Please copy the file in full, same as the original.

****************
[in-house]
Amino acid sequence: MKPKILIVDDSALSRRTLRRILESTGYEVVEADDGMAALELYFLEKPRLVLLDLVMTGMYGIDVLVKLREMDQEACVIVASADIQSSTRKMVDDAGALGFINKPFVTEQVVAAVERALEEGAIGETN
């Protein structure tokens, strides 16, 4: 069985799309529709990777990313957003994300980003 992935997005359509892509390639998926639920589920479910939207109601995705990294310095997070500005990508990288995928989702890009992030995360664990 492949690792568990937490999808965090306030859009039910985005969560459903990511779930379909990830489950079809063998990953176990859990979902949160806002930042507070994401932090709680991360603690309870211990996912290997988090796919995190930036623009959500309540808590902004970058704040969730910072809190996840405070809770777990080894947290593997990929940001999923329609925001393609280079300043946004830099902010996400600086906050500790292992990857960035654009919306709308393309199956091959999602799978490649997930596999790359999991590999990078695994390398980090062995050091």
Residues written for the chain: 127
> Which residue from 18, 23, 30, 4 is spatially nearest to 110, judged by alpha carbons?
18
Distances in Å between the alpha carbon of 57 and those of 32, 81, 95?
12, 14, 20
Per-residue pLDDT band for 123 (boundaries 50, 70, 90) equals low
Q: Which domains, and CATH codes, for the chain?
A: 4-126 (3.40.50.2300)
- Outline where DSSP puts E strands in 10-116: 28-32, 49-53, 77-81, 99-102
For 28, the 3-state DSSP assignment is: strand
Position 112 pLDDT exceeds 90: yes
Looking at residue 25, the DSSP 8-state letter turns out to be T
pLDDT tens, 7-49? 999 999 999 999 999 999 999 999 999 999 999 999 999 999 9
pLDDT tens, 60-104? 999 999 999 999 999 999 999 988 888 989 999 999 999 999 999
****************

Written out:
[in-house]
Amino acid sequence: MKPKILIVDDSALSRRTLRRILESTGYEVVEADDGMAALELYFLEKPRLVLLDLVMTGMYGIDVLVKLREMDQEACVIVASADIQSSTRKMVDDAGALGFINKPFVTEQVVAAVERALEEGAIGETN
């Protein structure tokens, strides 16, 4: 069985799309529709990777990313957003994300980003 992935997005359509892509390639998926639920589920479910939207109601995705990294310095997070500005990508990288995928989702890009992030995360664990 492949690792568990937490999808965090306030859009039910985005969560459903990511779930379909990830489950079809063998990953176990859990979902949160806002930042507070994401932090709680991360603690309870211990996912290997988090796919995190930036623009959500309540808590902004970058704040969730910072809190996840405070809770777990080894947290593997990929940001999923329609925001393609280079300043946004830099902010996400600086906050500790292992990857960035654009919306709308393309199956091959999602799978490649997930596999790359999991590999990078695994390398980090062995050091």
Residues written for the chain: 127
> Which residue from 18, 23, 30, 4 is spatially nearest to 110, judged by alpha carbons?
18
Distances in Å between the alpha carbon of 57 and those of 32, 81, 95?
12, 14, 20
Per-residue pLDDT band for 123 (boundaries 50, 70, 90) equals low
Q: Which domains, and CATH codes, for the chain?
A: 4-126 (3.40.50.2300)
- Outline where DSSP puts E strands in 10-116: 28-32, 49-53, 77-81, 99-102
For 28, the 3-state DSSP assignment is: strand
Position 112 pLDDT exceeds 90: yes
Looking at residue 25, the DSSP 8-state letter turns out to be T
pLDDT tens, 7-49? 999 999 999 999 999 999 999 999 999 999 999 999 999 999 9
pLDDT tens, 60-104? 999 999 999 999 999 999 999 988 888 989 999 999 999 999 999